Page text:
Folklore or Fact?

Companion plants enjoy a long history in folklore and farmer’s wisdom, but scientist often scoff at the idea. But if the end result is fabulous tomatoes, then we as gardeners can leave the details of how it all happens to the scientist!

Types of Companion Planting

Trap Cropping – Using neighboring plants to draw pests from the main crop. Studies supporting it’s effectiveness can be found here and here.

Refugia – The practice of planting habitats for beneficial insects, such as planting yarrow near tomatoes to attract ladybugs, which eat aphids. Study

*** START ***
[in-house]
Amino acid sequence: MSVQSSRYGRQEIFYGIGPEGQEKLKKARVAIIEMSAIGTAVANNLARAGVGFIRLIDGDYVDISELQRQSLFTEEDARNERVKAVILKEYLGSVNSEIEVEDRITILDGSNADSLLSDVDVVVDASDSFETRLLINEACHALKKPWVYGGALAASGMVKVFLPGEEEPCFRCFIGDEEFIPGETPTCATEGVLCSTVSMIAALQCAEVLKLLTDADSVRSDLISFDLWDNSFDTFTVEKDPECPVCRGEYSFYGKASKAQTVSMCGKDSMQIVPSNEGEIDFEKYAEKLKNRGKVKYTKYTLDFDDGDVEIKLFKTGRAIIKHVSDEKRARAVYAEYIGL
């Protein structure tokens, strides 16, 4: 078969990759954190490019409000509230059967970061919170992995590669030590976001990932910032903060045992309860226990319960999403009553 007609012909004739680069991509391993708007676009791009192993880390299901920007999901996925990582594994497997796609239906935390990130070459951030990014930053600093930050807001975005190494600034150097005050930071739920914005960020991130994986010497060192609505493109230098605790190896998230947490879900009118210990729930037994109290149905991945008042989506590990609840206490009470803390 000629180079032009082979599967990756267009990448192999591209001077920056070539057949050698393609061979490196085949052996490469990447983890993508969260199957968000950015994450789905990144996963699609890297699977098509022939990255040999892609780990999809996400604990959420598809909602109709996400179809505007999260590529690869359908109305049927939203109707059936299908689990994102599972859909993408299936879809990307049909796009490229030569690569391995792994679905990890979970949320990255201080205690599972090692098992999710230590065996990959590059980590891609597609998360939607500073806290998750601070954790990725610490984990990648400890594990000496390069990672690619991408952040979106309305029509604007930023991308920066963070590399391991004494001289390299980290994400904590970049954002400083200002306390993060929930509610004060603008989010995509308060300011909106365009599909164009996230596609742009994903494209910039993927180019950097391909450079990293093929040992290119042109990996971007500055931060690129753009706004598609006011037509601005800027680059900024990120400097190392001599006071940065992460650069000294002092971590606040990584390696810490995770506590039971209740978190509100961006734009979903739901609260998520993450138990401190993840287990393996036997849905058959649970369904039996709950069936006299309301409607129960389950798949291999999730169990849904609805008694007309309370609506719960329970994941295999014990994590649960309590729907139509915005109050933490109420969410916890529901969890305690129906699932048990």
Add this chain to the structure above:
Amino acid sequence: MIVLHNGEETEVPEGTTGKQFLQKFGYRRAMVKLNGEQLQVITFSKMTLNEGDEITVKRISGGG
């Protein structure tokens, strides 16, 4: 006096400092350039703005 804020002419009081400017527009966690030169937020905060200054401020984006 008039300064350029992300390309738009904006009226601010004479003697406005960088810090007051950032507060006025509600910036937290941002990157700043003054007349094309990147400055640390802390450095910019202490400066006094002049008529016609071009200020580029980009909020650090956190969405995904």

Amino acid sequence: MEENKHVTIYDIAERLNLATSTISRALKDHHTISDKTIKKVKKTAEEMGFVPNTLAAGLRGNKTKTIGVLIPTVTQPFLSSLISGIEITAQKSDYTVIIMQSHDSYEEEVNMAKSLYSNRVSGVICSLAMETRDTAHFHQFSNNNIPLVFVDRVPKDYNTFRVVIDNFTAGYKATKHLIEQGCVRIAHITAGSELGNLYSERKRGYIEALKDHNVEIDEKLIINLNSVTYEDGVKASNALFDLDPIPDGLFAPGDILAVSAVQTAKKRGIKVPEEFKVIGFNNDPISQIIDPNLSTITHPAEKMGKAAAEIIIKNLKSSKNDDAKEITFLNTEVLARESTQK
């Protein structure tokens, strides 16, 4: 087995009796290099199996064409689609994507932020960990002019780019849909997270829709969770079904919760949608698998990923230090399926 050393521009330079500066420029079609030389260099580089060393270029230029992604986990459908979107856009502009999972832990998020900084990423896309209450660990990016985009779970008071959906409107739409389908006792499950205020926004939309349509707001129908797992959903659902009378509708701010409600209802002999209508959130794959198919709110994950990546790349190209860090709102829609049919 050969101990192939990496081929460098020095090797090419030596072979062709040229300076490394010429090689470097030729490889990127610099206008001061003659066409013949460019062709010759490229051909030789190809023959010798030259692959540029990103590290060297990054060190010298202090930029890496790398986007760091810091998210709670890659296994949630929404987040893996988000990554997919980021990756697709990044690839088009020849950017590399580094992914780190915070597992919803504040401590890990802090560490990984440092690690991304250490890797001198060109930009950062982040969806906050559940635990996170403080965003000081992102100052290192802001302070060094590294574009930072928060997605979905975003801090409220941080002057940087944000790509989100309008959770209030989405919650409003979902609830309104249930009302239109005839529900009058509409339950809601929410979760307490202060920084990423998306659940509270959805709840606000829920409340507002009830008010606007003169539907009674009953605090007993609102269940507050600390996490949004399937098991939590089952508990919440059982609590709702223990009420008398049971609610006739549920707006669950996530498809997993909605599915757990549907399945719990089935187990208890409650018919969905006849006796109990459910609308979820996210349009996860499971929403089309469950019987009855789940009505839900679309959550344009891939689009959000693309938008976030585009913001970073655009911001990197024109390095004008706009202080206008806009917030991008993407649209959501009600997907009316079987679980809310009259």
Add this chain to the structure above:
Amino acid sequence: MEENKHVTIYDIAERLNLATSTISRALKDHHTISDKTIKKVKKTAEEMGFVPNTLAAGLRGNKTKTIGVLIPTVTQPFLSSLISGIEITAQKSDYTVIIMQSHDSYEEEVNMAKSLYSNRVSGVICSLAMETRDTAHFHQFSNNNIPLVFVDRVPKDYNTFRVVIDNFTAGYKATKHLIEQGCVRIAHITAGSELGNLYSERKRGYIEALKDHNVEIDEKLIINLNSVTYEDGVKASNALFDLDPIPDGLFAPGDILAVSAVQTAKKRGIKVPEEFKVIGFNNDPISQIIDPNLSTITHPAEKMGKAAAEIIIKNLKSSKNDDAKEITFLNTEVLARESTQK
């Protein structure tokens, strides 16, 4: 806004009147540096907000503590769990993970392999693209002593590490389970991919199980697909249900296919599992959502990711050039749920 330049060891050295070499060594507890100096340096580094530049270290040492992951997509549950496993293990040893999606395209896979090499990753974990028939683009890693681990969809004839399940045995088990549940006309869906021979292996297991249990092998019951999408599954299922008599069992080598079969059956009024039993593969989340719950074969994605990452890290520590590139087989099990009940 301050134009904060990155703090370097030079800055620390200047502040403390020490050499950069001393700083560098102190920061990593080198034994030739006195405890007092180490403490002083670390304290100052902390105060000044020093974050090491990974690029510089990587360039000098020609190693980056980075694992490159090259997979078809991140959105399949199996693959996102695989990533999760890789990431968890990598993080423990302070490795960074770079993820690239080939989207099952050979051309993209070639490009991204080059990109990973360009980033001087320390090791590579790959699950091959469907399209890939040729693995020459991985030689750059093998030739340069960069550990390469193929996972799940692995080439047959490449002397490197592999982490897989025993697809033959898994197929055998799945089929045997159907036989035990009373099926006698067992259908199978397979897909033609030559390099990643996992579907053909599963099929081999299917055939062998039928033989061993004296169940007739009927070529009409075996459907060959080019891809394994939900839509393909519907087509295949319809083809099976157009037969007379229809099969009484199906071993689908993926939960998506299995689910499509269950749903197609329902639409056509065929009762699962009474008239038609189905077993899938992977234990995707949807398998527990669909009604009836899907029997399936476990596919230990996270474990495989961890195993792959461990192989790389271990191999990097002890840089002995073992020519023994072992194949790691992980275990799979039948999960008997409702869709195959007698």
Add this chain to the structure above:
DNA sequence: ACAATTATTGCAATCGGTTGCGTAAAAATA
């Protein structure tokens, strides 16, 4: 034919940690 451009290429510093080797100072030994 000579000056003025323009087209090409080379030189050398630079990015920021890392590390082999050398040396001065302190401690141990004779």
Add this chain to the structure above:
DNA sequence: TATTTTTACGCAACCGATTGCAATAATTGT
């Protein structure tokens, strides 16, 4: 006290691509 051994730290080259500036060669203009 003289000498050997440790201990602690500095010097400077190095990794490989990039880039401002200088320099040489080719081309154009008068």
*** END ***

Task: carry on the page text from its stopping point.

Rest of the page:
Microclimate – Creating microclimates for plants, such as planting lettuce under corn or squash to provide shade.

Symbiotic N-fixing – planting nitrogen fixing plants with heavy feeders.The classic example is planting beans with corn. Study

Pest Deterrent – Many herbs and flowers are used as deterrents. Study

Improving Flavor or Plant Health – This type of companion plants are perhaps the least studied, but most widely used.

Yarrow: Companion & Insectary Plant

Yarrow is a member of the Asteraceae family, along with sunflowers, daisies, and many others. It grows up to three feet tall with flat composite flower heads. Insectary Plant Insects…

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Bittercress: A Useful Wild Herb

Bittercress is an annual cool-weather mustard and member of the Brassicaceae family. It is a host plant for a few species of aphids (1), and cabbage moths will preferentially lay…

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